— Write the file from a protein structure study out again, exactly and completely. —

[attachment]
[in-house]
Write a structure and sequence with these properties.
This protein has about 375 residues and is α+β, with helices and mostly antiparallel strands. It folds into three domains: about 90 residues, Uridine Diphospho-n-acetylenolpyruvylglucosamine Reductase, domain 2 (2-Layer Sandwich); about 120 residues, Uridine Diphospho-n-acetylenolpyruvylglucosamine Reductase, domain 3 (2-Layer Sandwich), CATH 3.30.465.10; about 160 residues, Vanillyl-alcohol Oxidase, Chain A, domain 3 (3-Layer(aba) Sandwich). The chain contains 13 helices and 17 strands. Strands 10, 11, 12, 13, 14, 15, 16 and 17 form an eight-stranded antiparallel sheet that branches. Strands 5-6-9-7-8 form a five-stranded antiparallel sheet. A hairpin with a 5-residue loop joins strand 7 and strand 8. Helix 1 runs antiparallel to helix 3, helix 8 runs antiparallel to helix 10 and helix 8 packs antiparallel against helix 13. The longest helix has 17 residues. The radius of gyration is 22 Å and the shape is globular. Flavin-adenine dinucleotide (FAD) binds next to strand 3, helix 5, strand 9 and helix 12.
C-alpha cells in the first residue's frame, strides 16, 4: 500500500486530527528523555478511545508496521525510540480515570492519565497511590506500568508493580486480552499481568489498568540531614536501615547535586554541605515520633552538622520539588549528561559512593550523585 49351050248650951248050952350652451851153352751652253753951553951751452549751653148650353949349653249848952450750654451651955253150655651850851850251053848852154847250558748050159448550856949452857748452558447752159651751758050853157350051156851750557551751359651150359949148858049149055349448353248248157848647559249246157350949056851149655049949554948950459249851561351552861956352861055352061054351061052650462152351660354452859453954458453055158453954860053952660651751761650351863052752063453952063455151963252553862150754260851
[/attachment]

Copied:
[in-house]
Write a structure and sequence with these properties.
This protein has about 375 residues and is α+β, with helices and mostly antiparallel strands. It folds into three domains: about 90 residues, Uridine Diphospho-n-acetylenolpyruvylglucosamine Reductase, domain 2 (2-Layer Sandwich); about 120 residues, Uridine Diphospho-n-acetylenolpyruvylglucosamine Reductase, domain 3 (2-Layer Sandwich), CATH 3.30.465.10; about 160 residues, Vanillyl-alcohol Oxidase, Chain A, domain 3 (3-Layer(aba) Sandwich). The chain contains 13 helices and 17 strands. Strands 10, 11, 12, 13, 14, 15, 16 and 17 form an eight-stranded antiparallel sheet that branches. Strands 5-6-9-7-8 form a five-stranded antiparallel sheet. A hairpin with a 5-residue loop joins strand 7 and strand 8. Helix 1 runs antiparallel to helix 3, helix 8 runs antiparallel to helix 10 and helix 8 packs antiparallel against helix 13. The longest helix has 17 residues. The radius of gyration is 22 Å and the shape is globular. Flavin-adenine dinucleotide (FAD) binds next to strand 3, helix 5, strand 9 and helix 12.
C-alpha cells in the first residue's frame, strides 16, 4: 500500500486530527528523555478511545508496521525510540480515570492519565497511590506500568508493580486480552499481568489498568540531614536501615547535586554541605515520633552538622520539588549528561559512593550523585 49351050248650951248050952350652451851153352751652253753951553951751452549751653148650353949349653249848952450750654451651955253150655651850851850251053848852154847250558748050159448550856949452857748452558447752159651751758050853157350051156851750557551751359651150359949148858049149055349448353248248157848647559249246157350949056851149655049949554948950459249851561351552861956352861055352061054351061052650462152351660354452859453954458453055158453954860053952660651751761650351863052752063453952063455151963252553862150754260851